In which a veteran of cultural studies seminars in the 1990s moves into academic administration and finds himself a married suburban father of two. Foucault, plus lawn care.
This is a dirty little industry secret.
In some necks of the woods -- moneyed ones, especially -- this is the time of year when we start to see a parade of young men and women with hangdog expressions and very angry parents. The students went "away" to expensive residential colleges in September, and partied their way to a GPA that starts with a zero. Come December or January, their parents drag them to the local cc as a sort of combination boot camp and purgatory, usually with some sort of "improve or else" mandate to the student.
(I've had some remarkably frank discussions with parents who say things like "I'm not paying twenty thousand dollars per semester for him to cut class! He can cut class here for much less!" It's hard to argue with logic like that.)
It's a delicate situation. We take all comers, including those who haven't quite pulled their stuff together yet. We're all about second chances, knowing full well that 18 year olds sometimes overdo it a bit when they get their first escape from parental supervision. Some will prosper with the second chance, and some won't. We know that from the start.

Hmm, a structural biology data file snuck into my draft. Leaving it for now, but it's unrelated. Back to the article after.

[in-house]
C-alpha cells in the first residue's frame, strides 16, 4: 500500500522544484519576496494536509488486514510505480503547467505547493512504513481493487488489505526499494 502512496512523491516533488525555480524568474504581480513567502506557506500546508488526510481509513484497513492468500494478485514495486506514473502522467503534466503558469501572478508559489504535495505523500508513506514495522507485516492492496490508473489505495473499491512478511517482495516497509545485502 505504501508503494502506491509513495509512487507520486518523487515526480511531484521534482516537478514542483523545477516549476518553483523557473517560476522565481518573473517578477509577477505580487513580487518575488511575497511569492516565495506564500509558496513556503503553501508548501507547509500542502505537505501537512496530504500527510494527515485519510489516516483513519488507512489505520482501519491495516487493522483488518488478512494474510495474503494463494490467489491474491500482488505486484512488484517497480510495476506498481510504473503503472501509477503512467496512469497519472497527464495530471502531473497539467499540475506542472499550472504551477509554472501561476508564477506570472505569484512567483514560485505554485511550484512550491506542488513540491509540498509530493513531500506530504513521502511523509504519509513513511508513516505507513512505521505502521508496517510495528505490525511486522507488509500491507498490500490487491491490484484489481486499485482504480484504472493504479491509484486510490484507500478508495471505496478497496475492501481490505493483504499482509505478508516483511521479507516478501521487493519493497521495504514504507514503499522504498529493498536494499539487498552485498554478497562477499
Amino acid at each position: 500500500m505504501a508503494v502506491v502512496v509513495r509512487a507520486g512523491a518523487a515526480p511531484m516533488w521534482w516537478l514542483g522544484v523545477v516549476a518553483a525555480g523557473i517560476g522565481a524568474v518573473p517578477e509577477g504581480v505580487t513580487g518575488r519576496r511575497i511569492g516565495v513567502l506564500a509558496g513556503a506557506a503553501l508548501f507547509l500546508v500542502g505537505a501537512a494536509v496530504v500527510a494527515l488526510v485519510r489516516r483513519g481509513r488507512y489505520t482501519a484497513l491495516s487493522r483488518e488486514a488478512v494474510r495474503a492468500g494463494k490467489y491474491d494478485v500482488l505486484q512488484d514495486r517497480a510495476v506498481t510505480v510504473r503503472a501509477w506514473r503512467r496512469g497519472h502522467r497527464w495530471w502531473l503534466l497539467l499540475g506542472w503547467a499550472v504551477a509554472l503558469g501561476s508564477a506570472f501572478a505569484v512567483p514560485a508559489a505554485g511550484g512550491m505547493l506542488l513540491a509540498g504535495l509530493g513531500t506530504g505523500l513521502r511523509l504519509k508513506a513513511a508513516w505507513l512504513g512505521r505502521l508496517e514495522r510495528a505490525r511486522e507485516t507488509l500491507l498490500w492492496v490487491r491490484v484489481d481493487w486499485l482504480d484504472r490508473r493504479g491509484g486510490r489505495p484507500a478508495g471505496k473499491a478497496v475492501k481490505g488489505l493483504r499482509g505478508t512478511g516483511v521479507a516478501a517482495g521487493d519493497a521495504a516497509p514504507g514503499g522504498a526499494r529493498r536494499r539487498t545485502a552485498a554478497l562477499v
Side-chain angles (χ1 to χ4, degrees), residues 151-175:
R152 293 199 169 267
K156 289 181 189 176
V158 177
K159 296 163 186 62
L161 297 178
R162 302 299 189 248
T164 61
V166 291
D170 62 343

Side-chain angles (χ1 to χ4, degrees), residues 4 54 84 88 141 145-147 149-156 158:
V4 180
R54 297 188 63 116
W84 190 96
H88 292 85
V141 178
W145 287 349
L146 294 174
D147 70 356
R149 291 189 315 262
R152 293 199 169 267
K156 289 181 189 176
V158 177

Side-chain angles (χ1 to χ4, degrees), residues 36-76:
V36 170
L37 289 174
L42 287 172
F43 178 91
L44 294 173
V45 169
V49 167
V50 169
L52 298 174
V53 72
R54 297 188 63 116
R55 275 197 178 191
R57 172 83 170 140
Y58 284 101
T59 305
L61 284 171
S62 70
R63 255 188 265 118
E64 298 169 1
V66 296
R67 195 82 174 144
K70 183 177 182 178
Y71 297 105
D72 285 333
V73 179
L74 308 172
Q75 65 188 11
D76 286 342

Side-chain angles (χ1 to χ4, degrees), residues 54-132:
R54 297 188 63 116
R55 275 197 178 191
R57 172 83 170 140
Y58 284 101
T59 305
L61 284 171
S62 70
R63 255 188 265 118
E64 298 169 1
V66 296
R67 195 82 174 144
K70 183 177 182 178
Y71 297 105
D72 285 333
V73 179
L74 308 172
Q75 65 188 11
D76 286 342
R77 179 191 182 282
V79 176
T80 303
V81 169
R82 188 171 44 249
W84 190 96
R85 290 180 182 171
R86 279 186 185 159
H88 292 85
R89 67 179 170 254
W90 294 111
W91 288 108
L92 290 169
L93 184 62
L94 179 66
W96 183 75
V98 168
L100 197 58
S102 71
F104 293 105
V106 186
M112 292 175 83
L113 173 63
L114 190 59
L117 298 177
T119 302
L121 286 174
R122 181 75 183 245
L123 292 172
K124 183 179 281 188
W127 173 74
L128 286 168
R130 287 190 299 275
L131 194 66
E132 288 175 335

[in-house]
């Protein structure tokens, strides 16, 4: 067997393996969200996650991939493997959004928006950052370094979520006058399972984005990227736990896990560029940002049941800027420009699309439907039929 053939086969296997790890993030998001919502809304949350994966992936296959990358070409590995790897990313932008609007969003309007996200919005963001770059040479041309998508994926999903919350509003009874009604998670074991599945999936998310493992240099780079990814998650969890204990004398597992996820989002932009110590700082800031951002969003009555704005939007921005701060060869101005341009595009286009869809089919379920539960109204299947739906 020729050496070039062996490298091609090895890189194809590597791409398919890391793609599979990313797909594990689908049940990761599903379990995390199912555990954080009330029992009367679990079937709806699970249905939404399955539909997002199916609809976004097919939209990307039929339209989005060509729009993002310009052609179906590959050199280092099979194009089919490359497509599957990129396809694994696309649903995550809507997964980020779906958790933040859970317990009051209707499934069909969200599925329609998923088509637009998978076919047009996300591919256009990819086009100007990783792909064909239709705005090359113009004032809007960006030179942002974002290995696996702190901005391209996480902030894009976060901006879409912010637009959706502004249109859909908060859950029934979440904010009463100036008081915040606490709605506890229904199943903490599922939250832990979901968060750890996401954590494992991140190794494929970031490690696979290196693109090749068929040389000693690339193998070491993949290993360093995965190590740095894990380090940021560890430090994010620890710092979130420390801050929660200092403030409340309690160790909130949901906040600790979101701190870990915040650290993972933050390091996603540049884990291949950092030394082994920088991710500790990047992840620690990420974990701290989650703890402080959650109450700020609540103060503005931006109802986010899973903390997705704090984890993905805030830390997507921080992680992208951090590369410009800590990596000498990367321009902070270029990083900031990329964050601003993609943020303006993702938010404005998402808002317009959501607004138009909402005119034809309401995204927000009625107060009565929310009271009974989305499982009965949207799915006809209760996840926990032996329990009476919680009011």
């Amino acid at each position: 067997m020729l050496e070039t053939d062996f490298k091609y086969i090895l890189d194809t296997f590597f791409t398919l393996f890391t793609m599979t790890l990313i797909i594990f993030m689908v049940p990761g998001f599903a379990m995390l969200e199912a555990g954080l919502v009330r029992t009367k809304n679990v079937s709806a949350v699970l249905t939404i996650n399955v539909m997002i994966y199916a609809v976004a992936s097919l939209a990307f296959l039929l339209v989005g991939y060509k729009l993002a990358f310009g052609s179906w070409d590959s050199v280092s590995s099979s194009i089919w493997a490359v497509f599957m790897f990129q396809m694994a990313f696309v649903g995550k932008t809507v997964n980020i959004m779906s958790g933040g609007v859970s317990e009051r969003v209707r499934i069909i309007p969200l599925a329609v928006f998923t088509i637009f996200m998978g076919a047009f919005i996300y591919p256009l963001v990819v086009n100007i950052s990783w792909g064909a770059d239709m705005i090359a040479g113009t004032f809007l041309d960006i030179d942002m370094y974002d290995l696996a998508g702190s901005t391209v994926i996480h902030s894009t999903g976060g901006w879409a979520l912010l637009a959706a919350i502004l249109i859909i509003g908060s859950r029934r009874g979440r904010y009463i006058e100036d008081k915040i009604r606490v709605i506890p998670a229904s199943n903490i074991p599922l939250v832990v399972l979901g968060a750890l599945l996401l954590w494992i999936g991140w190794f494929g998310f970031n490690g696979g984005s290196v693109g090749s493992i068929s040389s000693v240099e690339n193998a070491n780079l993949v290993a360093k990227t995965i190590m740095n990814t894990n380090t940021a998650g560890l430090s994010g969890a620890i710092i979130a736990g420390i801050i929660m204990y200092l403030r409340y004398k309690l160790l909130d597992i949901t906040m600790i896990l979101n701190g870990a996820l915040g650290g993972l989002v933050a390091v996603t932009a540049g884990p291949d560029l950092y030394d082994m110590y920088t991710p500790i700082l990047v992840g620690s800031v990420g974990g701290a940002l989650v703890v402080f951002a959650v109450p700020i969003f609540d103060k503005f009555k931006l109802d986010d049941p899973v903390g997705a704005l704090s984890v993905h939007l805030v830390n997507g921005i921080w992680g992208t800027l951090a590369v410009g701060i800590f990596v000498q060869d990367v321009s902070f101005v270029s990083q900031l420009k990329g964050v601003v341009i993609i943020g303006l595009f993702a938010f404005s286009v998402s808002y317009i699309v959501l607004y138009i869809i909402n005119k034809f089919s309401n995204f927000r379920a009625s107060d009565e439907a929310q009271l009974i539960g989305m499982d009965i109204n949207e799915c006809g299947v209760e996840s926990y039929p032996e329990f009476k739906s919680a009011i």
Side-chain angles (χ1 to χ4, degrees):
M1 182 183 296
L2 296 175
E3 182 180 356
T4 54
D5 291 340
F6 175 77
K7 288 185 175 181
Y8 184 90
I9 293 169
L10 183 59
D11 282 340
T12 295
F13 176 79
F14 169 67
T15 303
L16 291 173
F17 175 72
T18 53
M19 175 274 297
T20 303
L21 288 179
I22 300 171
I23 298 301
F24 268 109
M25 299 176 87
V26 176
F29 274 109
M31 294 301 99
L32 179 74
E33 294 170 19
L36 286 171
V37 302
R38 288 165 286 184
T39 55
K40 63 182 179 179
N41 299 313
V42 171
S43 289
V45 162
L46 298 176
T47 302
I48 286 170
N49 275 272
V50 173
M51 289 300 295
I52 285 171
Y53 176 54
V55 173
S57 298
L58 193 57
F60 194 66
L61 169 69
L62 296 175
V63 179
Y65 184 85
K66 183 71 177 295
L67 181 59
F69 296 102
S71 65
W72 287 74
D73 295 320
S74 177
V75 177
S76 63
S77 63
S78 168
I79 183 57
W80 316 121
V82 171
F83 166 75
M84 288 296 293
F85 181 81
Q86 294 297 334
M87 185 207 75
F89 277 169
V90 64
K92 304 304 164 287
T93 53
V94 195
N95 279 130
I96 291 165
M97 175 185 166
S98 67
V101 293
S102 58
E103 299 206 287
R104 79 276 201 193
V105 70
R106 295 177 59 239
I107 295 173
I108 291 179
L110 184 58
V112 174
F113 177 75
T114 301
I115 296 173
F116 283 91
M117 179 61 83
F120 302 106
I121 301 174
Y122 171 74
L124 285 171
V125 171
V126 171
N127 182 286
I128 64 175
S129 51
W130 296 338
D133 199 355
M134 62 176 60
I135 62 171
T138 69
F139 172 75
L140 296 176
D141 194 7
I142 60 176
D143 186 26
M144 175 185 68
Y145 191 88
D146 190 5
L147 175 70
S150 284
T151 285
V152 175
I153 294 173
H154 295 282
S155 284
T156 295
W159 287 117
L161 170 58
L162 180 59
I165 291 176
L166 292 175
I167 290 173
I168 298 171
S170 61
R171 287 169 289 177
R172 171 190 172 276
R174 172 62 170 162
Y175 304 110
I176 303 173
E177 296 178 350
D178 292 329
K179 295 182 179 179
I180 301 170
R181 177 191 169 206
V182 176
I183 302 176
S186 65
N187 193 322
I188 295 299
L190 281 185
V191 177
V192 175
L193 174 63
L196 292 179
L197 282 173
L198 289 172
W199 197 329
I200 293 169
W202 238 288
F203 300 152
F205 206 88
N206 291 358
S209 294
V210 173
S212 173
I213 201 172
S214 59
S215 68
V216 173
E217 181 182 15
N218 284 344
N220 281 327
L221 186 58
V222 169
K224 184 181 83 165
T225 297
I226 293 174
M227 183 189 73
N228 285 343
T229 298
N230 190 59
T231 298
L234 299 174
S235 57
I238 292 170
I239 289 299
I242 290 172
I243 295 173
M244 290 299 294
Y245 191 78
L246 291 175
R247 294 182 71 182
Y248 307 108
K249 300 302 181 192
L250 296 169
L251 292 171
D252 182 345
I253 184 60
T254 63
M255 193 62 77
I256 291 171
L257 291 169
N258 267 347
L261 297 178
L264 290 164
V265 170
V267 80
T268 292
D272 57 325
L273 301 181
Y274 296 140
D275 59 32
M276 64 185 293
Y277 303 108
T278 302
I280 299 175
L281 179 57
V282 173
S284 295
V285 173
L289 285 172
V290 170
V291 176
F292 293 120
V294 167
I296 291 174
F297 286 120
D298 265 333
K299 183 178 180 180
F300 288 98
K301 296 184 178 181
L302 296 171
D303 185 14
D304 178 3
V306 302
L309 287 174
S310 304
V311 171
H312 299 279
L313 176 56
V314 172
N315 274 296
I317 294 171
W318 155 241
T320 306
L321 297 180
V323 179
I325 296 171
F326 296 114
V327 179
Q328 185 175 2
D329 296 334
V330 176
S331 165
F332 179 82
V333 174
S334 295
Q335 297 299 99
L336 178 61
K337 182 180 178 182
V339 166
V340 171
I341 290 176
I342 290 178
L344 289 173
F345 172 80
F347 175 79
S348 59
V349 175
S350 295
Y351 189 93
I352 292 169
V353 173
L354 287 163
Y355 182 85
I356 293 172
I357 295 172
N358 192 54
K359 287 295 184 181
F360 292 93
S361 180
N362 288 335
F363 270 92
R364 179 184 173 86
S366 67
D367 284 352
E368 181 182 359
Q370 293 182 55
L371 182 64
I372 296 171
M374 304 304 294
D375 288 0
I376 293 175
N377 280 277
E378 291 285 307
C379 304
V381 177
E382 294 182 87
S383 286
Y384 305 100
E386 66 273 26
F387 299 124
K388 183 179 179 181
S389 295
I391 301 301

But there's really no graceful way to advertise this.
"Repent Your Sins! Start Over at Nearby CC!"
"What Happened at Snooty U Stays at Snooty U."
"Dorm-Free since 1963!"
And it doesn't do much for office morale when students and their parents openly refer to enrolling at your college as a form of punishment. It's often followed by the always endearing "if you do well here, you can transfer to a real college."
Serving these students is part of our mission. We're glad to do it, and I'm sure that some of these students actually use the second chance productively and get back on track. (I haven't seen any numbers on this group specifically, and I imagine the data gathering would be a bit delicate.)
But it's a mission we really don't discuss much, and that few folks are comfortable embracing publicly.
So I'll just float it on the internet, and hope that readers who see students in this situation think of the local cc as a viable option for a do-over. Just be very, very diplomatic when you make the suggestion.